You are here

When Less Is More

Published July 2013
By Paul White

When it comes to new products, manufacturers are always keen to give us even more than we had last time. Sometimes that's welcome, but there are times when it would be nice actually to get less. This is particularly evident in live sound, where the one thing we clearly get far too much of is cabling. Now, I know that wireless mains supplies for high-current devices are not a practical reality, but what about all that other unnecessary spaghetti we have to put up with? Take the simple case of guitar amplifiers — if you just want to plug in and play, that's great, but if you use a pedalboard with on-board power, you have to find a mains supply for that too. Then, if you want to use an effect such as delay or reverb, you have to put it in the effects loop of the amplifier, so that it comes after the preamp distortion has been introduced, and that means two more cables, plus any power supplies needed to feed those devices. Wouldn't it be nice if all the amp designers agreed on a standard in which a single multi-pin DIN could connect to your pedal board carrying pedal power, the input signal and the send and return signals? That way all your in-front and insert effects could be mounted on the same pedalboard and hooked up to the amplifier using a single cable. I know that one or two companies have come up with bespoke solutions along these lines, but come on, isn't it about time all amplifiers had such a feature as standard?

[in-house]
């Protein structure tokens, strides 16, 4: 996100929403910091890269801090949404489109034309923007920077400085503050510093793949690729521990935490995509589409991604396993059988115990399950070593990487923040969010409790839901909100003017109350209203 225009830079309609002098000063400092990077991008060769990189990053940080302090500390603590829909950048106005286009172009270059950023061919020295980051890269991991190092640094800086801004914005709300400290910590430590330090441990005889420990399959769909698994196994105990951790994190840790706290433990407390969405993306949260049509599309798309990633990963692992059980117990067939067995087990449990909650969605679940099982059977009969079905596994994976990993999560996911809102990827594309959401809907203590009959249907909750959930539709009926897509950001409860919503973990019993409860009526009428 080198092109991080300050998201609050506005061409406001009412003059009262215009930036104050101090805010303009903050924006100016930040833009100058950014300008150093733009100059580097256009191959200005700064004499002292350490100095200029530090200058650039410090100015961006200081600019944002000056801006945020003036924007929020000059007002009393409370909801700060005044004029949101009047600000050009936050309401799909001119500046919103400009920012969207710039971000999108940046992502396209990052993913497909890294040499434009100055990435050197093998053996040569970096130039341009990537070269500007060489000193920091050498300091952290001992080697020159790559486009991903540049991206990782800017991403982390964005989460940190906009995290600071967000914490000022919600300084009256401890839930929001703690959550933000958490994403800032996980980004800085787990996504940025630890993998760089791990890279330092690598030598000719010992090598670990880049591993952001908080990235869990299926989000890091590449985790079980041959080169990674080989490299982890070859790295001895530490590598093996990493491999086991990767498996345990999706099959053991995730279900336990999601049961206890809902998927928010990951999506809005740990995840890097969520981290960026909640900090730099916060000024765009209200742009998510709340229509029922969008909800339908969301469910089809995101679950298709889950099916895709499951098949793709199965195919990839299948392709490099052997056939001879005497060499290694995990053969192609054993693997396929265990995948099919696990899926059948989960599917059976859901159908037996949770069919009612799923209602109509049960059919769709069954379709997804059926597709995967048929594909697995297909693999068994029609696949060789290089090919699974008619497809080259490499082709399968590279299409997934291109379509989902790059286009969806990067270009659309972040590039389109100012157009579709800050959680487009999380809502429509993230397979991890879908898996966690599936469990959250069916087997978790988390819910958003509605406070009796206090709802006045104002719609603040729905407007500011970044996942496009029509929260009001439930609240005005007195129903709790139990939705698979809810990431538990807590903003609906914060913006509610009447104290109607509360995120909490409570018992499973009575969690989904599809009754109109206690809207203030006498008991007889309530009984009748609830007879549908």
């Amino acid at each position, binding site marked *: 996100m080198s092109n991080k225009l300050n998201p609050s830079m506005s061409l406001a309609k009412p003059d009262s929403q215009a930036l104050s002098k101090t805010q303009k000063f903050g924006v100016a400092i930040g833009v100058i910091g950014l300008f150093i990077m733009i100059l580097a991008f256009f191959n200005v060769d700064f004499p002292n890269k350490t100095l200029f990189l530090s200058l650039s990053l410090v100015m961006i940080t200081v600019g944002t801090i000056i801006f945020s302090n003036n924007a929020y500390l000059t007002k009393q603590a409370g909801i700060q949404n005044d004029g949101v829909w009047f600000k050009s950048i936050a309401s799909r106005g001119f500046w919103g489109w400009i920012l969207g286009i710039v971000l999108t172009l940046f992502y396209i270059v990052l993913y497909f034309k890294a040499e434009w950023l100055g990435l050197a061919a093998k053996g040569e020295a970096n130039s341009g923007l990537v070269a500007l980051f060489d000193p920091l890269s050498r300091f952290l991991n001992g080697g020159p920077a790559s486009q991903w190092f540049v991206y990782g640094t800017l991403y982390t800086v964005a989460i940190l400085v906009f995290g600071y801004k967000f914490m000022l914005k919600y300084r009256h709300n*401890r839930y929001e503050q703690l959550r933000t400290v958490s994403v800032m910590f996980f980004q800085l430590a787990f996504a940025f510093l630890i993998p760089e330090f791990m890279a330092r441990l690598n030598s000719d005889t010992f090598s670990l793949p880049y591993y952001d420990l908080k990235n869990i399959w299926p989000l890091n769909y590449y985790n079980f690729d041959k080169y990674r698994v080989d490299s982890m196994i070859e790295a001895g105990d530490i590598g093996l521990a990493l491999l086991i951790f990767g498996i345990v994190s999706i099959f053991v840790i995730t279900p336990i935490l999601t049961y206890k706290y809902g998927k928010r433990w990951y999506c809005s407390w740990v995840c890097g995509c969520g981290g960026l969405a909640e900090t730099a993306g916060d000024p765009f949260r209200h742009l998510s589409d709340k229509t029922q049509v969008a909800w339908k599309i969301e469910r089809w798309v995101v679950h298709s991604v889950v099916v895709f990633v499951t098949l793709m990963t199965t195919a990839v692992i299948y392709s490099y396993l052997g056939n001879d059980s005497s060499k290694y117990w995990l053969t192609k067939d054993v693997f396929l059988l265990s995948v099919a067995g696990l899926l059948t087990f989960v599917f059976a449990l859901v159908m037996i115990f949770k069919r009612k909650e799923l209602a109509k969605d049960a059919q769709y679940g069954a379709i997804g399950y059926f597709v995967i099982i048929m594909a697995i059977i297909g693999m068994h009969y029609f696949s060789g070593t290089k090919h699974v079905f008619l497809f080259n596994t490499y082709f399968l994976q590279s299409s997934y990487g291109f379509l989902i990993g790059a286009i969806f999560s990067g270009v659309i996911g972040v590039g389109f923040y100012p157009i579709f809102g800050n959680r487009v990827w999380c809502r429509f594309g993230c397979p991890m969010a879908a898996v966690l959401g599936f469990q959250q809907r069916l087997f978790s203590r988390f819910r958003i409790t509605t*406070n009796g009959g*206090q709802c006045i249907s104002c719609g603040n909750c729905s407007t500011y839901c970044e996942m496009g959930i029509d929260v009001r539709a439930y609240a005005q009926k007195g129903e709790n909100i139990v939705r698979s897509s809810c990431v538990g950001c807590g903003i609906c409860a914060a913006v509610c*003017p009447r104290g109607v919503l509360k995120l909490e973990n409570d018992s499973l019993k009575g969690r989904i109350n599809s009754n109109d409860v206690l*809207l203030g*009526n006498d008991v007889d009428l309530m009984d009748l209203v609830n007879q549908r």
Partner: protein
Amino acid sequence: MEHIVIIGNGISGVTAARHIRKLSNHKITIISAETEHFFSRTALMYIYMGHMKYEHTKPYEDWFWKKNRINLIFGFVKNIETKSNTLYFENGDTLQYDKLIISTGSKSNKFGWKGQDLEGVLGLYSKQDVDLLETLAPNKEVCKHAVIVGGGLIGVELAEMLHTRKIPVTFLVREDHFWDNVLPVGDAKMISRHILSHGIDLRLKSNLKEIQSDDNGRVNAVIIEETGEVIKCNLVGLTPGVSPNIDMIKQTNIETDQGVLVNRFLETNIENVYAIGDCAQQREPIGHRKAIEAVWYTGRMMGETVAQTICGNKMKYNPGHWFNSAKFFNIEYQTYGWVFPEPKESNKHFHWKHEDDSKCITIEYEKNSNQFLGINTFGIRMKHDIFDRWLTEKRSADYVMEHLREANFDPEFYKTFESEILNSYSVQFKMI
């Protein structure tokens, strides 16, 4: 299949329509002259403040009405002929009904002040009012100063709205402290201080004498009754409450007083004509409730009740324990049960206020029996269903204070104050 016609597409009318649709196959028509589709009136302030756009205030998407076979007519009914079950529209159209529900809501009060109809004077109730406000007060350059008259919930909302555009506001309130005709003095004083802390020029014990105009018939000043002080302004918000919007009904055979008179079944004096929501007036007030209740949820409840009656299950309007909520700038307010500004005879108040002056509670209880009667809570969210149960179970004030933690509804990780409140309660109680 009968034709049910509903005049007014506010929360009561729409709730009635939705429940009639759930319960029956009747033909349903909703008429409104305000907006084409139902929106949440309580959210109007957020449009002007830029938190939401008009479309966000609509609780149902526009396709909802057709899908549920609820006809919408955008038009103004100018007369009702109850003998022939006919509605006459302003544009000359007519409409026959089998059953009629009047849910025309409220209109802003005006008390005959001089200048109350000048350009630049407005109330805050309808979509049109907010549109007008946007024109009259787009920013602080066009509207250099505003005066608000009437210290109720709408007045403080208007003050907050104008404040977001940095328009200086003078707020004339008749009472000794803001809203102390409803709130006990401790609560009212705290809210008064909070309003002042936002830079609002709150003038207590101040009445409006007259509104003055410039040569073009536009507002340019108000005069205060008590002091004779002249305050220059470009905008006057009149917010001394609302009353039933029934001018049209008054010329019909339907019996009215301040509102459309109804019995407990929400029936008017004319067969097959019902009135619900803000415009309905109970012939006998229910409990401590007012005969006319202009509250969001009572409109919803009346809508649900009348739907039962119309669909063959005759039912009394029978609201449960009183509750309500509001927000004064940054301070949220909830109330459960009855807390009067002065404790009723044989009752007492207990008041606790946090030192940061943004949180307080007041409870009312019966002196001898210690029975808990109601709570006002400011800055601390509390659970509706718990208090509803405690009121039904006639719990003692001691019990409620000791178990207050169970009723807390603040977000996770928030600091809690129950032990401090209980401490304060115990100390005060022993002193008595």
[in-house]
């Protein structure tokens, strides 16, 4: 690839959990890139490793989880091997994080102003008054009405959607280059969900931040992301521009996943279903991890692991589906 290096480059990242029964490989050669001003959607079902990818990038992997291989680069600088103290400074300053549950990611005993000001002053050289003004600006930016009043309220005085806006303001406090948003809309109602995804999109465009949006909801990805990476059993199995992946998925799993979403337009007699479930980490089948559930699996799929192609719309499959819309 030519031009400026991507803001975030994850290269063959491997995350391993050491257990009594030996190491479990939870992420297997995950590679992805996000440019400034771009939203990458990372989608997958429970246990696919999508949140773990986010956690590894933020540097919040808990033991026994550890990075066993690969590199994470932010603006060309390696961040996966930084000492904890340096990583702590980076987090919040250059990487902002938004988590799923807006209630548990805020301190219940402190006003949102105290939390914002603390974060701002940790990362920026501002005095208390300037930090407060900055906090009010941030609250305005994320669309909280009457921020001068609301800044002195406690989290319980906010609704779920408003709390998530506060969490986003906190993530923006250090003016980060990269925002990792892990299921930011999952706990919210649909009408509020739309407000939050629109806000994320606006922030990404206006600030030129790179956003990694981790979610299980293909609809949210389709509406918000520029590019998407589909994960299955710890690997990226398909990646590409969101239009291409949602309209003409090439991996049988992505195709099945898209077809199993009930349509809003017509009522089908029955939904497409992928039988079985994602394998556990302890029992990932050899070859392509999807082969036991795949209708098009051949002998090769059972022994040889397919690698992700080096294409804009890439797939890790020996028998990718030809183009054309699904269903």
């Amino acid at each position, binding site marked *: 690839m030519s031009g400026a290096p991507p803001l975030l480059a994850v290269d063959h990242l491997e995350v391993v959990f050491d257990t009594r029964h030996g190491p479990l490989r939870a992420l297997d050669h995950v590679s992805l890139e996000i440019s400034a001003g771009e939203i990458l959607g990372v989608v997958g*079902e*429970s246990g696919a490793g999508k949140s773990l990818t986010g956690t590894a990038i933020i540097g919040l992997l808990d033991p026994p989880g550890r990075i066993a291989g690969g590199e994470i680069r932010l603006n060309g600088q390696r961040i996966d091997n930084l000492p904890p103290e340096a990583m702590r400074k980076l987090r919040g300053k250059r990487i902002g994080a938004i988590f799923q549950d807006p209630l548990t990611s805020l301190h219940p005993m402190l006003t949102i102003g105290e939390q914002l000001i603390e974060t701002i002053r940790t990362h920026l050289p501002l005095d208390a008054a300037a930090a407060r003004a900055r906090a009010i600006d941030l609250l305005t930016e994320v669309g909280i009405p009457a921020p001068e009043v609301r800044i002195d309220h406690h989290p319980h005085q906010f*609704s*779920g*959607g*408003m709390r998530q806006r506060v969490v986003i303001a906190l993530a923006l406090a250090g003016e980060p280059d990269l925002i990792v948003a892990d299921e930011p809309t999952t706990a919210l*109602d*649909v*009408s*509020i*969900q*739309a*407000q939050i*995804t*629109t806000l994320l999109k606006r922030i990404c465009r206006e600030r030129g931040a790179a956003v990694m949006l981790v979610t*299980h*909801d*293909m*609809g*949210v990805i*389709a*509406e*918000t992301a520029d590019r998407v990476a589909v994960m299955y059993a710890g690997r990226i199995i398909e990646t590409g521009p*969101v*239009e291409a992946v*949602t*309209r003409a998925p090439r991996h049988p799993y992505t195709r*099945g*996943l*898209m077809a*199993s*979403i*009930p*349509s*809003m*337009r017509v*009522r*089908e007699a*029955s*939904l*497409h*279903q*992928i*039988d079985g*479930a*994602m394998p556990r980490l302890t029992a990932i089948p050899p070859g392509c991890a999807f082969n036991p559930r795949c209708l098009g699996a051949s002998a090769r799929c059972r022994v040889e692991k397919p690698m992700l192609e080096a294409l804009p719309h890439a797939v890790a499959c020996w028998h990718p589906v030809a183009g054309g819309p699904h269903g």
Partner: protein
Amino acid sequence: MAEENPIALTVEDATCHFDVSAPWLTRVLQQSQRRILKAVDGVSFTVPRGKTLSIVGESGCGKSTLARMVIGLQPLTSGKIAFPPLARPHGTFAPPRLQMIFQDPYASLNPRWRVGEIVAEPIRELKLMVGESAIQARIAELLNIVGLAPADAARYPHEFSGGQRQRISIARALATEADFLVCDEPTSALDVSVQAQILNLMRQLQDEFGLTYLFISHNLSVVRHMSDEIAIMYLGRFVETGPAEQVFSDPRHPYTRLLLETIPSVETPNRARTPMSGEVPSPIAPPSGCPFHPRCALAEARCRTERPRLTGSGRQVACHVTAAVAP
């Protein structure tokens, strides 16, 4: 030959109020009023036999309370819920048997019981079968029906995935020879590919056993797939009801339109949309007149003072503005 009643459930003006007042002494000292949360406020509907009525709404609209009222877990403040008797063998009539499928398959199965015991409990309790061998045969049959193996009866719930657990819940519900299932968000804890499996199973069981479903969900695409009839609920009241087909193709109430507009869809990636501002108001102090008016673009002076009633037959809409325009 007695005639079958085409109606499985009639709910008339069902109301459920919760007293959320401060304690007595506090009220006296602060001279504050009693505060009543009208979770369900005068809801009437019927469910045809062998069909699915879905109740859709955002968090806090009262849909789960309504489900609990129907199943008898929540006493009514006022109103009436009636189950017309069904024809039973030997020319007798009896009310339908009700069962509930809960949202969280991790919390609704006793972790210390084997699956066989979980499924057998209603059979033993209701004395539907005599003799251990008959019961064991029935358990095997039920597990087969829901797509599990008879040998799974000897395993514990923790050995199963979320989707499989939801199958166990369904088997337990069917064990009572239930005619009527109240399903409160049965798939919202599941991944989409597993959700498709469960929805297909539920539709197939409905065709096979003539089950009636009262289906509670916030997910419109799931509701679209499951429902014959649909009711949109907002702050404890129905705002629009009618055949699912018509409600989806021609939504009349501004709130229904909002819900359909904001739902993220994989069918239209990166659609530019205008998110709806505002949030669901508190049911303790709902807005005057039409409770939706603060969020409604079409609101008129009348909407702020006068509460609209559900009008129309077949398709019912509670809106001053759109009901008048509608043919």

Then there are electronic drums. I love my electronic drum kit in the studio, but plugging and unplugging all those separate pad connection cables every time you take it out to a gig is a real bind. Instead of just giving us more obscure sounds with every new version, why not spend some of that R&D money on developing a quick-release drum-pad clamp that also incorporates the necessary electrical connectors?

Both on stage and in the studio, the thing I'd most like to see abolished is the consumer-style external power supply. Being a practical person, I can see why these are used, but how many pieces of ostensibly professional equipment have you seen rendered non-professional by the inclusion of a two-dollar power supply with a thin, flimsy cable terminating in a tiny plug that's just waiting to either get broken or pulled out of its socket? Even if you're careful and do neither of those things, the continual flexing of the cable next to the moulded plug often leads to the thing eventually going open-circuit. So come on guys, if we must have these miserable external power supplies for cost and regional compatibility reasons, please at least fit them with heavy-duty cable and terminate them with some kind of pro-grade locking connector, such as an XLR. If you don't, whatever is hanging off the end of them can't really be considered professional. Here endeth the whinge for this month!

Paul White Editor In Chief  

Published July 2013